Derry residents concerned about shooting on public, private land

By Bruce Frauman
© 2017 Telegraph Publishing LLC

Community members voice their concern about the proliferation of gunshots. All photos by Bruce Frauman.

A half dozen Londonderry residents came to the Monday, July 17 Select Board meeting to asking the board for solutions to the increased use of firearms on the town-owned Prouty property and elsewhere in town.

Barbara Butts, who lives near the Prouty property on Route 100, said, “It is dangerous and its noisy and very annoying. It used to be once in a great while. This summer it is constant. Somebody is going to get hurt.”

Butt’s neighbor, Lee Ferguson, said, “I really don’t enjoy the sound of gunfire, like yesterday, constantly … for hours. And Barbara alerted me to where the target is and it is pointed to her property and my property. My animals are outside and it freaks the hell out of them as it does me.” She suggested moving the shooting to a licensed range.

Concerns about semi-automatic gunfire from midnight until 2 a.m. on Saturday near Lowell Lake Road were raised by Bette Genser. And another woman said she had complained to her neighbors about shooting on their property, but that they have since stopped.

Board chair Paul Gordon tells residents that the town has no jurisdiction in some incidents.

Board chair Paul Gordon said, “We don’t have any other tools we can use” to regulate use of firearms on private property. Board member Tom Cavanagh said shooters must be 100 yards away from a house and no shooting is allowed after dark. Gordon suggested residents call 911 or use the number for the Vermont State Police listed on the town website when they hear gunshots after dark.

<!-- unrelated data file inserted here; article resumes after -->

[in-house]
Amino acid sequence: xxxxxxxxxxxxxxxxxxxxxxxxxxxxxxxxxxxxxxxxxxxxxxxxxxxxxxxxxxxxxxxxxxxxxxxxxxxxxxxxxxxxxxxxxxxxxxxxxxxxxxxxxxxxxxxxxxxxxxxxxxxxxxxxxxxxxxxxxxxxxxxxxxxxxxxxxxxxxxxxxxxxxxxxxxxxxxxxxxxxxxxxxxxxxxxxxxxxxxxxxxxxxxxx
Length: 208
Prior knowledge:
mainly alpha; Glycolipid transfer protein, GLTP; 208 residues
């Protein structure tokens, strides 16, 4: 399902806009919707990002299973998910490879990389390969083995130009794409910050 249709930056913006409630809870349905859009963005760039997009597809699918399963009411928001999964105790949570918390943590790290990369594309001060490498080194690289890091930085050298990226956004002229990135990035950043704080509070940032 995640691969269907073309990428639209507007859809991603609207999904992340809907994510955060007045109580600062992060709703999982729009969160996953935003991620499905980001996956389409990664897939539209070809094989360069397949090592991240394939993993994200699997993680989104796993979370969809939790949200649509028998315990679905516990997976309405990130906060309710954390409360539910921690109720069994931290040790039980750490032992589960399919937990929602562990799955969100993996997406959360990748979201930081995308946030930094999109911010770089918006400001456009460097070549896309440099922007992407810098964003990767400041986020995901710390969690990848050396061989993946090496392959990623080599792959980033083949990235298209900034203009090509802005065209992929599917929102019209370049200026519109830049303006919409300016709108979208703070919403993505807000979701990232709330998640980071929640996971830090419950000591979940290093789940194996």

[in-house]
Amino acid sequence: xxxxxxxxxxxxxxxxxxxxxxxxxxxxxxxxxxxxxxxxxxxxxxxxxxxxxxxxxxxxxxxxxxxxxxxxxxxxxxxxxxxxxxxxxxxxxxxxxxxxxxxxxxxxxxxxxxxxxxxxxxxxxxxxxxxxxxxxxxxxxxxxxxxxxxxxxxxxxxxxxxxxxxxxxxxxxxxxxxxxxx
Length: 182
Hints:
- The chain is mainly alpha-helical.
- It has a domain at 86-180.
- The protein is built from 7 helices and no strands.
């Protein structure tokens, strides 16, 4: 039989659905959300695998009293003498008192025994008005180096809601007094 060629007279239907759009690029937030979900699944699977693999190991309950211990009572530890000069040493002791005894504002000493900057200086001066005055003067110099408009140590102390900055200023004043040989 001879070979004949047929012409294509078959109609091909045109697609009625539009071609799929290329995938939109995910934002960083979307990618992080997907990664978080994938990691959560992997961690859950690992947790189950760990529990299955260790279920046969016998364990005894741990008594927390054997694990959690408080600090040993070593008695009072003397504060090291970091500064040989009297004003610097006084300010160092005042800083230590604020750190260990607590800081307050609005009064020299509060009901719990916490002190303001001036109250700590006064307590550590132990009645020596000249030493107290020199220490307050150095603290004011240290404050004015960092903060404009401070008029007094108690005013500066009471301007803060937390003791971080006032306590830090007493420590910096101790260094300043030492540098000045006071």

Later in the meeting, the board discussed possible rules for the Prouty property, which will be the site of the new town salt and sand shed. Rules could include regulation of use of firearms and a ban on overnight camping.

Board member Jim Ameden said that previous owner Clyde Prouty did not want the land to be designated as a park, but envisioned many possible uses for municipal services. Ameden also said that the new salt and sand shed should curb some of the activity now being discussed.

Board member Bob Forbes said that while the land is not being used for municipal services, other uses such as access to the river are welcomed. Planning Commission chair Sharon Crossman suggested designating parts of the land as motorized and non-motorized uses. She cited the West River Trail as an example of non-motorized uses only.

While the board took no action on this issue, it indicated it will be a continuing process.

Animal control issue comes up again

Board member George Mora addresses the owner of a goat killed by a dog.

In other news, Thomas Hutchins, a renter whose goat was killed by a dog a month ago, and the landlord appeared before the board to ask that some action be taken to remove the dog from the property. The dog is owned by a couple who are residing on the landlord’s land. Hutchins said the dog had bitten others, including people, five times.

Gordon said this was the first the board had heard of the other bites. Board member George Mora said that a dog on private property was not under town jurisdiction. The land owner said she did not give permission to the owner to bring the dog to her property. Gordon said that it was her responsibility, but that the dog owners will be fined for not having the dog licensed.